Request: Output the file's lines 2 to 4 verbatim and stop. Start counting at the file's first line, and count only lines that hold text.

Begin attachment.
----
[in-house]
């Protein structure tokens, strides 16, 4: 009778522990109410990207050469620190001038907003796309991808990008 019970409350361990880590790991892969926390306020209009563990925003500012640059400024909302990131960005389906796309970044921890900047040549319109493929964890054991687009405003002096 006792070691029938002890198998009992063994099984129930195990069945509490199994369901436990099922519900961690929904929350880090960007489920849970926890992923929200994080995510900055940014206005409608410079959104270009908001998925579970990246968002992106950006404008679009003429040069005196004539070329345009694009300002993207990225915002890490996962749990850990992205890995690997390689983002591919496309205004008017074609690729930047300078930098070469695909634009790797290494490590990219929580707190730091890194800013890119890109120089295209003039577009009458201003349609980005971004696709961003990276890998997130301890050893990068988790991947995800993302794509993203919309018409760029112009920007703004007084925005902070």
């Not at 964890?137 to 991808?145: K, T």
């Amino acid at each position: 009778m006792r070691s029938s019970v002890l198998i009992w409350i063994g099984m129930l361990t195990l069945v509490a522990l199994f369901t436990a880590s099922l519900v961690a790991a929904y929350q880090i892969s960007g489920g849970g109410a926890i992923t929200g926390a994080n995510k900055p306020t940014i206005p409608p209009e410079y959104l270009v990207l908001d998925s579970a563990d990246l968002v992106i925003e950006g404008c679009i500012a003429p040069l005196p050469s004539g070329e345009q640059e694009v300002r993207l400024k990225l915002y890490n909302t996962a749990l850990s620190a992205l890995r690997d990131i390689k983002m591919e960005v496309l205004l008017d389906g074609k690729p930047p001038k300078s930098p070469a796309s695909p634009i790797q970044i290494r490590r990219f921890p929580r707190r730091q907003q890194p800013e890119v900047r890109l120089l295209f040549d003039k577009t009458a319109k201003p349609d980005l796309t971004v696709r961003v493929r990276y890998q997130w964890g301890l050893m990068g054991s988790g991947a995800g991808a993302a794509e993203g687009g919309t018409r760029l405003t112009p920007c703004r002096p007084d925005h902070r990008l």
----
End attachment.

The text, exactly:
């Protein structure tokens, strides 16, 4: 009778522990109410990207050469620190001038907003796309991808990008 019970409350361990880590790991892969926390306020209009563990925003500012640059400024909302990131960005389906796309970044921890900047040549319109493929964890054991687009405003002096 006792070691029938002890198998009992063994099984129930195990069945509490199994369901436990099922519900961690929904929350880090960007489920849970926890992923929200994080995510900055940014206005409608410079959104270009908001998925579970990246968002992106950006404008679009003429040069005196004539070329345009694009300002993207990225915002890490996962749990850990992205890995690997390689983002591919496309205004008017074609690729930047300078930098070469695909634009790797290494490590990219929580707190730091890194800013890119890109120089295209003039577009009458201003349609980005971004696709961003990276890998997130301890050893990068988790991947995800993302794509993203919309018409760029112009920007703004007084925005902070």
């Not at 964890?137 to 991808?145: K, T």
């Amino acid at each position: 009778m006792r070691s029938s019970v002890l198998i009992w409350i063994g099984m129930l361990t195990l069945v509490a522990l199994f369901t436990a880590s099922l519900v961690a790991a929904y929350q880090i892969s960007g489920g849970g109410a926890i992923t929200g926390a994080n995510k900055p306020t940014i206005p409608p209009e410079y959104l270009v990207l908001d998925s579970a563990d990246l968002v992106i925003e950006g404008c679009i500012a003429p040069l005196p050469s004539g070329e345009q640059e694009v300002r993207l400024k990225l915002y890490n909302t996962a749990l850990s620190a992205l890995r690997d990131i390689k983002m591919e960005v496309l205004l008017d389906g074609k690729p930047p001038k300078s930098p070469a796309s695909p634009i790797q970044i290494r490590r990219f921890p929580r707190r730091q907003q890194p800013e890119v900047r890109l120089l295209f040549d003039k577009t009458a319109k201003p349609d980005l796309t971004v696709r961003v493929r990276y890998q997130w964890g301890l050893m990068g054991s988790g991947a995800g991808a993302a794509e993203g687009g919309t018409r760029l405003t112009p920007c703004r002096p007084d925005h902070r990008l």